Authentication is how a system identifies you and opens your associated accounts. It is the binding of an identity to a subject. Identity belongs to an external entity like users, and the subject is a computer entity. The identity information comes from one or more of the following
What the entity knows (like a password or secret information)
What the entity has (like badge or card)
What the entity is (like biometrics)
Where the entity is (like location)
The authentication factors are password, badge/card, biometrics, location, etc. Authentication is the way of validating the identity of someone or something, and it necessitates the presentation of credentials or some items of value to prove who we are. Thus, user authentication means verifying the identity of a user.
What is two-factor (2FA) authentication?
Two-factor authentication, often known as dual-factor verification or two-step authentication, is a process of verification that uses two different authentication factors to verify users. The system automatically redirects you to a prompt asking for additional verification information.
2FA provides a higher level of security than single-factor authentication (SFA). Only one factor is used for user verification in single-factor authentication: a passcode or password.
However, in 2FA, two factors are used for user verification. The primary authentication factor is a password, while the secondary authentication factors could be security tokens like PIN code, OTP, text, etc., and biometrics factors like fingerprints or facial scans. Similarly, you can also turn off two-factor authentication on the iPhone.
2FA provides an additional layer of security from hackers. Even if the primary factor, password credential, were to be public, nobody can get access to your account without the secondary authentication factor. As long as the secondary authentication factor is safe with you, your data is safe from the hands of hackers.
How does 2FA work?
The enabling of 2FA varies from device to device and system to system. But, once enabled, the internal working process is similar.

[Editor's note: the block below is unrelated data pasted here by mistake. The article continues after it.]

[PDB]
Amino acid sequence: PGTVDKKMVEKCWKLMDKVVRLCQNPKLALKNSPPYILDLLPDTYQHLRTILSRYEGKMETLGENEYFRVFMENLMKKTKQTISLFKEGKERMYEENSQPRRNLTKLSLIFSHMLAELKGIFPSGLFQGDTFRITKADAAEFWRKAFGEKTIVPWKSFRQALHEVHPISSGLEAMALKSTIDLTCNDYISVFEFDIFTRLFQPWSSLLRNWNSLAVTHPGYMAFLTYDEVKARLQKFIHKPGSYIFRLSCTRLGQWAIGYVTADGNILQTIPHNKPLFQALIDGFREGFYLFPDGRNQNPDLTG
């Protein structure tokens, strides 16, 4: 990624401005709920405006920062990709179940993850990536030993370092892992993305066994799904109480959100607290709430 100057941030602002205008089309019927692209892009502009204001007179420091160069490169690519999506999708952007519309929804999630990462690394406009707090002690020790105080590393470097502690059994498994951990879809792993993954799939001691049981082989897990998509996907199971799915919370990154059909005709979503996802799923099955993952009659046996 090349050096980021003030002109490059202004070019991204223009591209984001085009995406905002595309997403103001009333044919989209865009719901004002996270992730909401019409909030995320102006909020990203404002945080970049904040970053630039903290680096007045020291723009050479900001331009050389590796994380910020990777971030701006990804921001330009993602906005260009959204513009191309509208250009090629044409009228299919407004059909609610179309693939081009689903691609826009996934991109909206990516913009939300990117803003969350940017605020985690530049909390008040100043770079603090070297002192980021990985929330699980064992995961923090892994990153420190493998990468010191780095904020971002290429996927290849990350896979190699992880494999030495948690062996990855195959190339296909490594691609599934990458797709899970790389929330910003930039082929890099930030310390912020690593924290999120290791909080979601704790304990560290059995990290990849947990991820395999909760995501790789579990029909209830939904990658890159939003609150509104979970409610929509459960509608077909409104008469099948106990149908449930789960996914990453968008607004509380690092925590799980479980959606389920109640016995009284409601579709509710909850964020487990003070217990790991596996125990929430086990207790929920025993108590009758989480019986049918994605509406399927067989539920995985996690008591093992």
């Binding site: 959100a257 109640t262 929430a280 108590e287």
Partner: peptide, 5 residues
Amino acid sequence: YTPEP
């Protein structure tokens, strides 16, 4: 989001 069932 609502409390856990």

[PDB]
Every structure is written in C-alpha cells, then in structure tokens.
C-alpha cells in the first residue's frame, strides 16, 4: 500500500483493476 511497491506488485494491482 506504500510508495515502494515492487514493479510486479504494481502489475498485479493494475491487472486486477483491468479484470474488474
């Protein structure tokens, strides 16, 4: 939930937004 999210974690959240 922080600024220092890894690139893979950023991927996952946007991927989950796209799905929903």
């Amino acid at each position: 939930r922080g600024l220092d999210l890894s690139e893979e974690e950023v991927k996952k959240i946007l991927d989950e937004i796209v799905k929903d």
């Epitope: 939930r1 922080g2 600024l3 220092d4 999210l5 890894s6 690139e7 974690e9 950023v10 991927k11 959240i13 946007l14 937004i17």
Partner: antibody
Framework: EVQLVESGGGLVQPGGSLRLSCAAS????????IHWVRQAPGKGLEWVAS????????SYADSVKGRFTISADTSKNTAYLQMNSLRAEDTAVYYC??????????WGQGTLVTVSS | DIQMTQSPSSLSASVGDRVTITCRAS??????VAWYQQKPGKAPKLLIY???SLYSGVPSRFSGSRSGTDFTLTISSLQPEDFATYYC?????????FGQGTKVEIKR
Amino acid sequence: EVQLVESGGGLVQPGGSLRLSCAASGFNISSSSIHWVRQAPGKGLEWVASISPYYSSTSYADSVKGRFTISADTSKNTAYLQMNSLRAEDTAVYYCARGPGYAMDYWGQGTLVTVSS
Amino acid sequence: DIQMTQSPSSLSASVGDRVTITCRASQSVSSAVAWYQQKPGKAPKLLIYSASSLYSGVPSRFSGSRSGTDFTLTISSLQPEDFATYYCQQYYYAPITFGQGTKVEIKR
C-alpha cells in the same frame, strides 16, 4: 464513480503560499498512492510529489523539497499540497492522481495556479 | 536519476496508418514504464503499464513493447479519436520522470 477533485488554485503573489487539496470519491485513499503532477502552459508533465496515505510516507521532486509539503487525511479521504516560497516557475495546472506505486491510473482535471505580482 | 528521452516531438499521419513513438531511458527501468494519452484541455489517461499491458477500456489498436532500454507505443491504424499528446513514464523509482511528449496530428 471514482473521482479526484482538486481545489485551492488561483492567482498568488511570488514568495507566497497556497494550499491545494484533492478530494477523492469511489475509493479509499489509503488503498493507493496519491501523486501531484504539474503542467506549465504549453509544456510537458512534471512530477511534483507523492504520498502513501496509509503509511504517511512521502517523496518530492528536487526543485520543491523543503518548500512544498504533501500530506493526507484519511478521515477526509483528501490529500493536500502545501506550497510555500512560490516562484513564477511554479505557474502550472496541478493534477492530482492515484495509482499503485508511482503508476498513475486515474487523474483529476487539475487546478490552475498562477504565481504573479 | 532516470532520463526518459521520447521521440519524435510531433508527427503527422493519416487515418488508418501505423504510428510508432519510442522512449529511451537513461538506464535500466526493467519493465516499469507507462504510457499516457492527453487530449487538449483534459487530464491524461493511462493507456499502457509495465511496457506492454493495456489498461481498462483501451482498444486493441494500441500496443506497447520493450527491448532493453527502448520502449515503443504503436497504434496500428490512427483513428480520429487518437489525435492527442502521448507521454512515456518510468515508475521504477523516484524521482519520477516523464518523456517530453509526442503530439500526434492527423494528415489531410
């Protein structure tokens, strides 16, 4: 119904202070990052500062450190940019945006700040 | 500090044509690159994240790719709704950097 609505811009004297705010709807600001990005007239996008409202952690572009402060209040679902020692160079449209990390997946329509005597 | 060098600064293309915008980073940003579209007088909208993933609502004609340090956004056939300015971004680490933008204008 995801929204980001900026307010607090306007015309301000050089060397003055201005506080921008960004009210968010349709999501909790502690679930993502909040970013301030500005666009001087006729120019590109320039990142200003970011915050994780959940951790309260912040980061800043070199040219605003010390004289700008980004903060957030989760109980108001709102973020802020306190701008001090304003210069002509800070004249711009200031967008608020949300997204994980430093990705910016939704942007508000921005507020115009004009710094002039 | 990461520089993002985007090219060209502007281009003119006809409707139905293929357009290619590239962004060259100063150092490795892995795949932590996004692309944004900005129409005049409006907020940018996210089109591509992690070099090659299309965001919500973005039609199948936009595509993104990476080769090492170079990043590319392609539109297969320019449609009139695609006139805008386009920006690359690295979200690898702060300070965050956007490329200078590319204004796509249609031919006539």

The user enters what they know, the primary authentication factor like username and password.
If the credentials entered match successfully, the system prompts users to a second login screen.
This time the user is required to show what they have, something unique only to them, such as security tokens, biometrics, an ID card, smartphone, or mobile device. This is the inherence or possession factor.
The user is required to enter the one-time code generated in step 4.
Once the secondary factor also matches, the user is verified who they claimed to be and is granted access to the application or website.
It is similar to using a credit card in an ATM booth to withdraw money. You insert your ATM card into the machine and enter the 4 digit PIN code. The credit card is something you have, and the 4 digit PIN code is something you know.
Two-factor authentication is just scratching the surface of information security, and it only adds a single layer of security, while multifactor authentication offers multiple layers of security.
Now that we have some idea about two-factor authentication, let's dive right into how two-factor authentication helps to improve online security.
How can two-factor (2FA) authentication help to improve online security?
Two-factor authentication uses one extra layer of security that makes sure that only you with a trusted device have access to your account. But how does it function? Instead of immediately getting access after entering your login credentials, you'll be requested to provide yet another piece of information.